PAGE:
The Latest on Drugs, Treatments, and Scientific Views of Dementia

While some families are eager to get their loved ones into drug trials, my family has avoided that path. We had some horrible experiences with current FDA approved treatments and don’t believe that the potential benefits of unproven drugs outweigh risks that are hard to predict. Nevertheless, we are optimistic that science will eventually reveal the mysteries of dementia and produce more reliable treatment options. In my interview with Dr. Roy Hamilton of Penn’s Memory Center, I asked him to comment on the range of approaches currently being explored.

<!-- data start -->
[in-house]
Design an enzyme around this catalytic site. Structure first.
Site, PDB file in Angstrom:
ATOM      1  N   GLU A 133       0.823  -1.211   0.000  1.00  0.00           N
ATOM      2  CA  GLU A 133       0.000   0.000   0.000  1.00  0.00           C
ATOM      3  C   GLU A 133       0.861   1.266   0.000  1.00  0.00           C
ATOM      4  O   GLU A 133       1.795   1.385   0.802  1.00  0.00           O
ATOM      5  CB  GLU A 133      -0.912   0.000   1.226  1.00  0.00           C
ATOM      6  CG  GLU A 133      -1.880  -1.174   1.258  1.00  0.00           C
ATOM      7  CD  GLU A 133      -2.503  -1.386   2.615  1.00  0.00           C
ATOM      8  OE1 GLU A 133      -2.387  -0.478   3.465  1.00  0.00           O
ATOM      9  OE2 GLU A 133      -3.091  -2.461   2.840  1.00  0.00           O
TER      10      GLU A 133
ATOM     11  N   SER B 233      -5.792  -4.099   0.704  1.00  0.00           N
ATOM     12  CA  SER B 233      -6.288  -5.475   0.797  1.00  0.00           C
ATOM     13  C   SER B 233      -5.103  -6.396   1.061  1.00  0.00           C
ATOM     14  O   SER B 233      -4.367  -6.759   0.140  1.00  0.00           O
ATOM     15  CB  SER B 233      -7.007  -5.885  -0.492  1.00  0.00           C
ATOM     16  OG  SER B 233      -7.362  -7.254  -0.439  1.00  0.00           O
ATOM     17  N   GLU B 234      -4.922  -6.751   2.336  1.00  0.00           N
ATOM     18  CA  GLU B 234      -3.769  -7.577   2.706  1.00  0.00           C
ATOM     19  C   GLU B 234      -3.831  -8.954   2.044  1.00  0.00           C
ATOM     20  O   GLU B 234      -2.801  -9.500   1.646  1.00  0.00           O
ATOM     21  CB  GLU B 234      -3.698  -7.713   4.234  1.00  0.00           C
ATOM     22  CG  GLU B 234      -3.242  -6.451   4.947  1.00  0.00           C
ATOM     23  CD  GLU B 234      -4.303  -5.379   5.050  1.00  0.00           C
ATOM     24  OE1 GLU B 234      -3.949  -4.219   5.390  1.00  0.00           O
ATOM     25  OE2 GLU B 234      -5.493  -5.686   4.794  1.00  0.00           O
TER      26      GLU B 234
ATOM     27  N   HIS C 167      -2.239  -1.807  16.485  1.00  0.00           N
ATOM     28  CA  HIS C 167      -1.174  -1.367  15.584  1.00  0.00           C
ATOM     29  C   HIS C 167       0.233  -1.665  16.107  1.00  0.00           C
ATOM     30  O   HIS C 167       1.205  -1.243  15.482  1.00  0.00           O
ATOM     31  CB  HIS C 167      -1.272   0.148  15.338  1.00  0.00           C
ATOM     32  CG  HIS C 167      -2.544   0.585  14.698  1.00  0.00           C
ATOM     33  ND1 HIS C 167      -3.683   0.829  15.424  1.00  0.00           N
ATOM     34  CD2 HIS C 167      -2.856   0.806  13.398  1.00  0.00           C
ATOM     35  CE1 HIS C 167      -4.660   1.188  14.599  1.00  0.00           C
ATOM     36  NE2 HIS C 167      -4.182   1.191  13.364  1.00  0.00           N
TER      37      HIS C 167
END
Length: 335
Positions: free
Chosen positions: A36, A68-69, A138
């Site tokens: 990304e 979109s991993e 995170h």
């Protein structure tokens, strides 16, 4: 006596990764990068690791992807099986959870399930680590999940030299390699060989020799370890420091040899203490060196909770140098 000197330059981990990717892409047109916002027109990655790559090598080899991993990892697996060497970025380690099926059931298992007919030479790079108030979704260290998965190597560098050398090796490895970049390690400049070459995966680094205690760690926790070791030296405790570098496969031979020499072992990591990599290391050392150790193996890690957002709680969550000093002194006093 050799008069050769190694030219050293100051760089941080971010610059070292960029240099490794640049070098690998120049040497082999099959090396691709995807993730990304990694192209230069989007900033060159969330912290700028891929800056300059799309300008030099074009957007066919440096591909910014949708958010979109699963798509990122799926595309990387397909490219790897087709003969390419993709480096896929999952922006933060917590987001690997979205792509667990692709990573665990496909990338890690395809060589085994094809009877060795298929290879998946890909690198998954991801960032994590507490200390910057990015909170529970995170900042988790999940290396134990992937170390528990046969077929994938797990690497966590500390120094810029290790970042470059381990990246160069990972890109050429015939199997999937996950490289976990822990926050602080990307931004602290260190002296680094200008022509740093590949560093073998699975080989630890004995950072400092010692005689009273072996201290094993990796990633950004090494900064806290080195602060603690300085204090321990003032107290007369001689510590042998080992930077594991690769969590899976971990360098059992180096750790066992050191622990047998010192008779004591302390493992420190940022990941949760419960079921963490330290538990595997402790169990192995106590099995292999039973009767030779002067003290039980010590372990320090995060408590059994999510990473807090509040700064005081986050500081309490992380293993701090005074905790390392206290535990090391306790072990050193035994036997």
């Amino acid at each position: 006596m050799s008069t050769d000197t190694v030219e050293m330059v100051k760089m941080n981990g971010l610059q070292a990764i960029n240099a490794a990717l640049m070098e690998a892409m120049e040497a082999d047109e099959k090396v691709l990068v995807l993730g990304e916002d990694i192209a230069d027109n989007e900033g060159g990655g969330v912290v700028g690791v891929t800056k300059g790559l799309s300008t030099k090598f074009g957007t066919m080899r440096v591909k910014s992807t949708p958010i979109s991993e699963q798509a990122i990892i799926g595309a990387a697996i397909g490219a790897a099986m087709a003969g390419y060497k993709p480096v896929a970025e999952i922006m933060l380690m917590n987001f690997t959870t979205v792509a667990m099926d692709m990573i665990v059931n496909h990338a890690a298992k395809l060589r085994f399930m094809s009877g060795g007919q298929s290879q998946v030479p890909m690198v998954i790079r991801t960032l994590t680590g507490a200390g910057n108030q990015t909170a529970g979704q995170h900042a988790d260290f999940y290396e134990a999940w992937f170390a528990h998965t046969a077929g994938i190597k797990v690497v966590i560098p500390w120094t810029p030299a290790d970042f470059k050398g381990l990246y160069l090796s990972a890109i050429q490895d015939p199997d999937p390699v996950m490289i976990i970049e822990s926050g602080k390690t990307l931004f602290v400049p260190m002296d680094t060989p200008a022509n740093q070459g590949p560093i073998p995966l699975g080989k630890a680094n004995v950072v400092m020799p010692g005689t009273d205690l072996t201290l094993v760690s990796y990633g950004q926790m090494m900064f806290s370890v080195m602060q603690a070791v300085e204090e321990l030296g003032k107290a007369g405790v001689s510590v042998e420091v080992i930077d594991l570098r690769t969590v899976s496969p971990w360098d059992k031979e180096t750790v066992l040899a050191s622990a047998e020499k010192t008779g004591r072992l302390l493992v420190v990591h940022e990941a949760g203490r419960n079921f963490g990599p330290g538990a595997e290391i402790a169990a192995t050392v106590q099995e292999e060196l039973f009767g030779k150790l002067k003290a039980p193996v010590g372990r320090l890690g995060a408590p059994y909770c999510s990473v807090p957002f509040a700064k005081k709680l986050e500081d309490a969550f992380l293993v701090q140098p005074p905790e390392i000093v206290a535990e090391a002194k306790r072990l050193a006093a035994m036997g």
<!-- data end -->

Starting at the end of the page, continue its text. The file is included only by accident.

Before we took my Mom to the Memory Center, our family pursued some alternative approaches to fighting her symptoms. These included chelations and nutritional supplements. I asked Dr. Hamilton to assess the value of these and other homeopathic regimens for fighting the disease. He said, “Allopathic doctors – those who are educated in the Western medical tradition — must remain a little skeptical about these approaches” mainly because there is insufficient data to show if they are truly effective. But he agrees that this lack of data also makes it hard to say that alternative treatments have no value. From his perspective, it’s important to remember that even if alternative regimens are helpful to a dementia patient, “You can still have side effects or interactions with other aspects of your treatment. You need to consider that when combining them with other items prescribed by your doctor.”